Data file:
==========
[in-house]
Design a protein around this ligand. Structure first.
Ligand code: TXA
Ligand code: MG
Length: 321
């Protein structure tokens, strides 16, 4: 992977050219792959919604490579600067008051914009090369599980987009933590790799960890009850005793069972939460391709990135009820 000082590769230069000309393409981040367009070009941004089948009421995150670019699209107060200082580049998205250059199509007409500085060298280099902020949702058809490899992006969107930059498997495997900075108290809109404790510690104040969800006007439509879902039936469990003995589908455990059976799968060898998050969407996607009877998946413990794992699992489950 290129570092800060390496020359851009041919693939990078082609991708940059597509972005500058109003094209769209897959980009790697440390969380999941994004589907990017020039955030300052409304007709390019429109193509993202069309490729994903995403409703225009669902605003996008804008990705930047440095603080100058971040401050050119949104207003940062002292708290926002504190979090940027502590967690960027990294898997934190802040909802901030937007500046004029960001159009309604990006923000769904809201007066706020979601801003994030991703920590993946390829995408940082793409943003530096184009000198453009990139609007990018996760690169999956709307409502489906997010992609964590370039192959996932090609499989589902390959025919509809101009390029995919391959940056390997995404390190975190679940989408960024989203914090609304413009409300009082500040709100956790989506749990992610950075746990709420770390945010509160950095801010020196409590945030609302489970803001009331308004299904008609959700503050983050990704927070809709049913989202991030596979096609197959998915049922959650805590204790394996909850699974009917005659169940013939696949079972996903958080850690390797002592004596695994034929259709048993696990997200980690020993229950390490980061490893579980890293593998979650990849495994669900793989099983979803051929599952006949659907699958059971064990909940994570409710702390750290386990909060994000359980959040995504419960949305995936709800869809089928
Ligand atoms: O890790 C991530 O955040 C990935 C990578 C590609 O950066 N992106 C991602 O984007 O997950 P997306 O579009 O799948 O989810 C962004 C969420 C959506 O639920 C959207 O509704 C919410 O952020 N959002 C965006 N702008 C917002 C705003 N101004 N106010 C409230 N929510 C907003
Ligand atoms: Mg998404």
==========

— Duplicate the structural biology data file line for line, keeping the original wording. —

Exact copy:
[in-house]
Design a protein around this ligand. Structure first.
Ligand code: TXA
Ligand code: MG
Length: 321
């Protein structure tokens, strides 16, 4: 992977050219792959919604490579600067008051914009090369599980987009933590790799960890009850005793069972939460391709990135009820 000082590769230069000309393409981040367009070009941004089948009421995150670019699209107060200082580049998205250059199509007409500085060298280099902020949702058809490899992006969107930059498997495997900075108290809109404790510690104040969800006007439509879902039936469990003995589908455990059976799968060898998050969407996607009877998946413990794992699992489950 290129570092800060390496020359851009041919693939990078082609991708940059597509972005500058109003094209769209897959980009790697440390969380999941994004589907990017020039955030300052409304007709390019429109193509993202069309490729994903995403409703225009669902605003996008804008990705930047440095603080100058971040401050050119949104207003940062002292708290926002504190979090940027502590967690960027990294898997934190802040909802901030937007500046004029960001159009309604990006923000769904809201007066706020979601801003994030991703920590993946390829995408940082793409943003530096184009000198453009990139609007990018996760690169999956709307409502489906997010992609964590370039192959996932090609499989589902390959025919509809101009390029995919391959940056390997995404390190975190679940989408960024989203914090609304413009409300009082500040709100956790989506749990992610950075746990709420770390945010509160950095801010020196409590945030609302489970803001009331308004299904008609959700503050983050990704927070809709049913989202991030596979096609197959998915049922959650805590204790394996909850699974009917005659169940013939696949079972996903958080850690390797002592004596695994034929259709048993696990997200980690020993229950390490980061490893579980890293593998979650990849495994669900793989099983979803051929599952006949659907699958059971064990909940994570409710702390750290386990909060994000359980959040995504419960949305995936709800869809089928
Ligand atoms: O890790 C991530 O955040 C990935 C990578 C590609 O950066 N992106 C991602 O984007 O997950 P997306 O579009 O799948 O989810 C962004 C969420 C959506 O639920 C959207 O509704 C919410 O952020 N959002 C965006 N702008 C917002 C705003 N101004 N106010 C409230 N929510 C907003
Ligand atoms: Mg998404």